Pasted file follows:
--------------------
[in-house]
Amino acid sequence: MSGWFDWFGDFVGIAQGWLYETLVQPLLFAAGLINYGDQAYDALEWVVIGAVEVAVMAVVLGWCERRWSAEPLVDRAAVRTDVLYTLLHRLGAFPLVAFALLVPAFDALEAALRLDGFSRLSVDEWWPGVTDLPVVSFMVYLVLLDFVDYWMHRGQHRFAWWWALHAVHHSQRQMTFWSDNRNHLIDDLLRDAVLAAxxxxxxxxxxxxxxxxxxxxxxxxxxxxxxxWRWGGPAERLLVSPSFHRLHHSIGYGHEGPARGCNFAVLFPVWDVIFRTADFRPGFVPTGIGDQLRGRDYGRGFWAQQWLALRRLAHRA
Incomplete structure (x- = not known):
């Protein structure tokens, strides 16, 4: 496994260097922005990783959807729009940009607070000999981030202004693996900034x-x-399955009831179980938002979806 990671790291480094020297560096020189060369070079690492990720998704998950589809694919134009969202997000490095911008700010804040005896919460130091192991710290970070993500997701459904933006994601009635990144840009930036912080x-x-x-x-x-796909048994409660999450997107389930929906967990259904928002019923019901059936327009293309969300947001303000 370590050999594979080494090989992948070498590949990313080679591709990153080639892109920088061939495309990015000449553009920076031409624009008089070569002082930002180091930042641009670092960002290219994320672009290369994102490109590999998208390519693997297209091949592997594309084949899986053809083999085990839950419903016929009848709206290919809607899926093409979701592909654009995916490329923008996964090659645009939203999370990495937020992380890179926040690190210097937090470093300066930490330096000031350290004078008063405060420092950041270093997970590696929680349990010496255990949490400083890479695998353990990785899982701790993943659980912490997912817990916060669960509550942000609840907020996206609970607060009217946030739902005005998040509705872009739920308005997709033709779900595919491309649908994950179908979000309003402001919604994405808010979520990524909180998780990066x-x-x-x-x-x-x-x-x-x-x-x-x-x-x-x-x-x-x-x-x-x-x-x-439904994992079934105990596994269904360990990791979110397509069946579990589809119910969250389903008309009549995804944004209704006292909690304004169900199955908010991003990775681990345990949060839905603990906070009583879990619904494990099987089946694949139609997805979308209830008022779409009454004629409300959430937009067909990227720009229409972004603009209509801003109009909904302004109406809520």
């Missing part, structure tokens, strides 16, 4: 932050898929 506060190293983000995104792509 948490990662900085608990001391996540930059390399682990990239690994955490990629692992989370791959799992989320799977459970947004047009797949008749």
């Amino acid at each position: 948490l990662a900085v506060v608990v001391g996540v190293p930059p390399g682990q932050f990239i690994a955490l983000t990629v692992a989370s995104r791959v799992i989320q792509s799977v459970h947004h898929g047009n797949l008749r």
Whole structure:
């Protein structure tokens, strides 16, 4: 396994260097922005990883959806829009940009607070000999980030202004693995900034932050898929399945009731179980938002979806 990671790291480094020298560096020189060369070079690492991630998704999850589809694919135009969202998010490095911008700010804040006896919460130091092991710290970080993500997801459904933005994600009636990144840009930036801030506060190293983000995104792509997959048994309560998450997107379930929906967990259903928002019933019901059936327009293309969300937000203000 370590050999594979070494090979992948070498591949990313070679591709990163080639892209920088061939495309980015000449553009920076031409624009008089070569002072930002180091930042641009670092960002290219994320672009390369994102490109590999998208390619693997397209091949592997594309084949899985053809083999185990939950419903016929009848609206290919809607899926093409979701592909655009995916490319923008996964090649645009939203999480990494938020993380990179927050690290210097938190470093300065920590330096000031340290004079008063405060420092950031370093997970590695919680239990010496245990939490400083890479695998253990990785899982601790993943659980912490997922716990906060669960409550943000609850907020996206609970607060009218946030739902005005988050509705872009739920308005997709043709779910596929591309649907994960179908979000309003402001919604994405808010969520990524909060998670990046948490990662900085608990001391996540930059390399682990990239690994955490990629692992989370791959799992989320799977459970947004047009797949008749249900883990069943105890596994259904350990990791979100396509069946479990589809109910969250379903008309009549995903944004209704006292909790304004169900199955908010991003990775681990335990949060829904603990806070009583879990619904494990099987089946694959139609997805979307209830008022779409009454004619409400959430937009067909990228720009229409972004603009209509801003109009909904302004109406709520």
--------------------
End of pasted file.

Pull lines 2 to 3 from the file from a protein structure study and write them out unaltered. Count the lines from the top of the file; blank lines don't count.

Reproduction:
Amino acid sequence: MSGWFDWFGDFVGIAQGWLYETLVQPLLFAAGLINYGDQAYDALEWVVIGAVEVAVMAVVLGWCERRWSAEPLVDRAAVRTDVLYTLLHRLGAFPLVAFALLVPAFDALEAALRLDGFSRLSVDEWWPGVTDLPVVSFMVYLVLLDFVDYWMHRGQHRFAWWWALHAVHHSQRQMTFWSDNRNHLIDDLLRDAVLAAxxxxxxxxxxxxxxxxxxxxxxxxxxxxxxxWRWGGPAERLLVSPSFHRLHHSIGYGHEGPARGCNFAVLFPVWDVIFRTADFRPGFVPTGIGDQLRGRDYGRGFWAQQWLALRRLAHRA
Incomplete structure (x- = not known):